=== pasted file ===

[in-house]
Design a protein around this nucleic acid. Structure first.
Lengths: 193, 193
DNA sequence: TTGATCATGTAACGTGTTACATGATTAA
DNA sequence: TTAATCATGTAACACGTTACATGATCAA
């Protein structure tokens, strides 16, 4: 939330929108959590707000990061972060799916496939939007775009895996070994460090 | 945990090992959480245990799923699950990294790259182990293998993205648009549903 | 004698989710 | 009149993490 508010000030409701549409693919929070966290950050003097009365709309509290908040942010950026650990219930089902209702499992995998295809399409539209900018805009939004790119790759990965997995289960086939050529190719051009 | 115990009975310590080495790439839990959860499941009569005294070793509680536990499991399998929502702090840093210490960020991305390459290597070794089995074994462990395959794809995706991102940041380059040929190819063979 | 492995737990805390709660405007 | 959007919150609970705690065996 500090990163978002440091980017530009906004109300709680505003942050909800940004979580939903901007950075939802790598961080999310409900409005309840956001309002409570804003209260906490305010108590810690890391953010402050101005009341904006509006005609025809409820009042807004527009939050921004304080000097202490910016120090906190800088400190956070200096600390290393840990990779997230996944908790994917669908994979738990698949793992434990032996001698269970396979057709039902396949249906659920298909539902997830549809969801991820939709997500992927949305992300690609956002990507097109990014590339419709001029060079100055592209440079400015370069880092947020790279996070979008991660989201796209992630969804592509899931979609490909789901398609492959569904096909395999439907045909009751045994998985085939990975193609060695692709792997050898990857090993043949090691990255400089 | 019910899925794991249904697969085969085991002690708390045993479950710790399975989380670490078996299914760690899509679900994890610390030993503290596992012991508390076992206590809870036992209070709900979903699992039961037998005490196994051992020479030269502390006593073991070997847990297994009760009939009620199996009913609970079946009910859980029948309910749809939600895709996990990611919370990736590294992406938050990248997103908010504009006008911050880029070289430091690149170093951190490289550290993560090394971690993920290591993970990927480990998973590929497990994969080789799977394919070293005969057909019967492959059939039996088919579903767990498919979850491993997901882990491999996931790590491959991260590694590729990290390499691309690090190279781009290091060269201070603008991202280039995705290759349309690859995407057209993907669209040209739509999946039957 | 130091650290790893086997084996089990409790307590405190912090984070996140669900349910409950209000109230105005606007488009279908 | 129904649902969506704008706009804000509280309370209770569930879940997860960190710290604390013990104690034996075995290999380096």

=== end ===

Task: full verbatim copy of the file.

[in-house]
Design a protein around this nucleic acid. Structure first.
Lengths: 193, 193
DNA sequence: TTGATCATGTAACGTGTTACATGATTAA
DNA sequence: TTAATCATGTAACACGTTACATGATCAA
């Protein structure tokens, strides 16, 4: 939330929108959590707000990061972060799916496939939007775009895996070994460090 | 945990090992959480245990799923699950990294790259182990293998993205648009549903 | 004698989710 | 009149993490 508010000030409701549409693919929070966290950050003097009365709309509290908040942010950026650990219930089902209702499992995998295809399409539209900018805009939004790119790759990965997995289960086939050529190719051009 | 115990009975310590080495790439839990959860499941009569005294070793509680536990499991399998929502702090840093210490960020991305390459290597070794089995074994462990395959794809995706991102940041380059040929190819063979 | 492995737990805390709660405007 | 959007919150609970705690065996 500090990163978002440091980017530009906004109300709680505003942050909800940004979580939903901007950075939802790598961080999310409900409005309840956001309002409570804003209260906490305010108590810690890391953010402050101005009341904006509006005609025809409820009042807004527009939050921004304080000097202490910016120090906190800088400190956070200096600390290393840990990779997230996944908790994917669908994979738990698949793992434990032996001698269970396979057709039902396949249906659920298909539902997830549809969801991820939709997500992927949305992300690609956002990507097109990014590339419709001029060079100055592209440079400015370069880092947020790279996070979008991660989201796209992630969804592509899931979609490909789901398609492959569904096909395999439907045909009751045994998985085939990975193609060695692709792997050898990857090993043949090691990255400089 | 019910899925794991249904697969085969085991002690708390045993479950710790399975989380670490078996299914760690899509679900994890610390030993503290596992012991508390076992206590809870036992209070709900979903699992039961037998005490196994051992020479030269502390006593073991070997847990297994009760009939009620199996009913609970079946009910859980029948309910749809939600895709996990990611919370990736590294992406938050990248997103908010504009006008911050880029070289430091690149170093951190490289550290993560090394971690993920290591993970990927480990998973590929497990994969080789799977394919070293005969057909019967492959059939039996088919579903767990498919979850491993997901882990491999996931790590491959991260590694590729990290390499691309690090190279781009290091060269201070603008991202280039995705290759349309690859995407057209993907669209040209739509999946039957 | 130091650290790893086997084996089990409790307590405190912090984070996140669900349910409950209000109230105005606007488009279908 | 129904649902969506704008706009804000509280309370209770569930879940997860960190710290604390013990104690034996075995290999380096």